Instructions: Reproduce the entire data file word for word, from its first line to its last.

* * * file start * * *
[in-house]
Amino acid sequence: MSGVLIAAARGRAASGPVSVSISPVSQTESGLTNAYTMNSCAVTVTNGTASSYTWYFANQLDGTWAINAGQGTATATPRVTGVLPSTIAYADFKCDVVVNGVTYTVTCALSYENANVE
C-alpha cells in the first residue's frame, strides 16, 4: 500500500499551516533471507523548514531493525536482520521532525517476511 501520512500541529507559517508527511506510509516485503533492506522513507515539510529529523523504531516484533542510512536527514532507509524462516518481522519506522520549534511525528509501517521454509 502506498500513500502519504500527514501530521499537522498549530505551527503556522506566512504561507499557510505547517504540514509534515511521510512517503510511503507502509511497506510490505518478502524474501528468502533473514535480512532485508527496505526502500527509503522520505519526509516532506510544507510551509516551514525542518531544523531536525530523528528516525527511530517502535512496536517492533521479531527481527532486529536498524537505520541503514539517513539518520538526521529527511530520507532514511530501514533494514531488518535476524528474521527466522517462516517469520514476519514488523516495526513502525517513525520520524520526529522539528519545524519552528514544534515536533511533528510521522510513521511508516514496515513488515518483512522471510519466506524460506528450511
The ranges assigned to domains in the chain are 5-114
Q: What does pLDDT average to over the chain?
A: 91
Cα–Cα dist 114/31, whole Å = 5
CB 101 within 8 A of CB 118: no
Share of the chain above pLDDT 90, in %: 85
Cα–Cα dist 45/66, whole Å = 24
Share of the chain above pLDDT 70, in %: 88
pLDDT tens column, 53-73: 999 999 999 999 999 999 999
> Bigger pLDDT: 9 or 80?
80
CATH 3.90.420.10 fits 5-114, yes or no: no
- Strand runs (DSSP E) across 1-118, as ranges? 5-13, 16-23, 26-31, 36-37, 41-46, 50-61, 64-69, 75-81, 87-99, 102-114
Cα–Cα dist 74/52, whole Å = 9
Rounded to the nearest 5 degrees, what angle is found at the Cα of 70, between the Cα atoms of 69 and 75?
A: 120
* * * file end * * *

[in-house]
Amino acid sequence: MSGVLIAAARGRAASGPVSVSISPVSQTESGLTNAYTMNSCAVTVTNGTASSYTWYFANQLDGTWAINAGQGTATATPRVTGVLPSTIAYADFKCDVVVNGVTYTVTCALSYENANVE
C-alpha cells in the first residue's frame, strides 16, 4: 500500500499551516533471507523548514531493525536482520521532525517476511 501520512500541529507559517508527511506510509516485503533492506522513507515539510529529523523504531516484533542510512536527514532507509524462516518481522519506522520549534511525528509501517521454509 502506498500513500502519504500527514501530521499537522498549530505551527503556522506566512504561507499557510505547517504540514509534515511521510512517503510511503507502509511497506510490505518478502524474501528468502533473514535480512532485508527496505526502500527509503522520505519526509516532506510544507510551509516551514525542518531544523531536525530523528528516525527511530517502535512496536517492533521479531527481527532486529536498524537505520541503514539517513539518520538526521529527511530520507532514511530501514533494514531488518535476524528474521527466522517462516517469520514476519514488523516495526513502525517513525520520524520526529522539528519545524519552528514544534515536533511533528510521522510513521511508516514496515513488515518483512522471510519466506524460506528450511
The ranges assigned to domains in the chain are 5-114
Q: What does pLDDT average to over the chain?
A: 91
Cα–Cα dist 114/31, whole Å = 5
CB 101 within 8 A of CB 118: no
Share of the chain above pLDDT 90, in %: 85
Cα–Cα dist 45/66, whole Å = 24
Share of the chain above pLDDT 70, in %: 88
pLDDT tens column, 53-73: 999 999 999 999 999 999 999
> Bigger pLDDT: 9 or 80?
80
CATH 3.90.420.10 fits 5-114, yes or no: no
- Strand runs (DSSP E) across 1-118, as ranges? 5-13, 16-23, 26-31, 36-37, 41-46, 50-61, 64-69, 75-81, 87-99, 102-114
Cα–Cα dist 74/52, whole Å = 9
Rounded to the nearest 5 degrees, what angle is found at the Cα of 70, between the Cα atoms of 69 and 75?
A: 120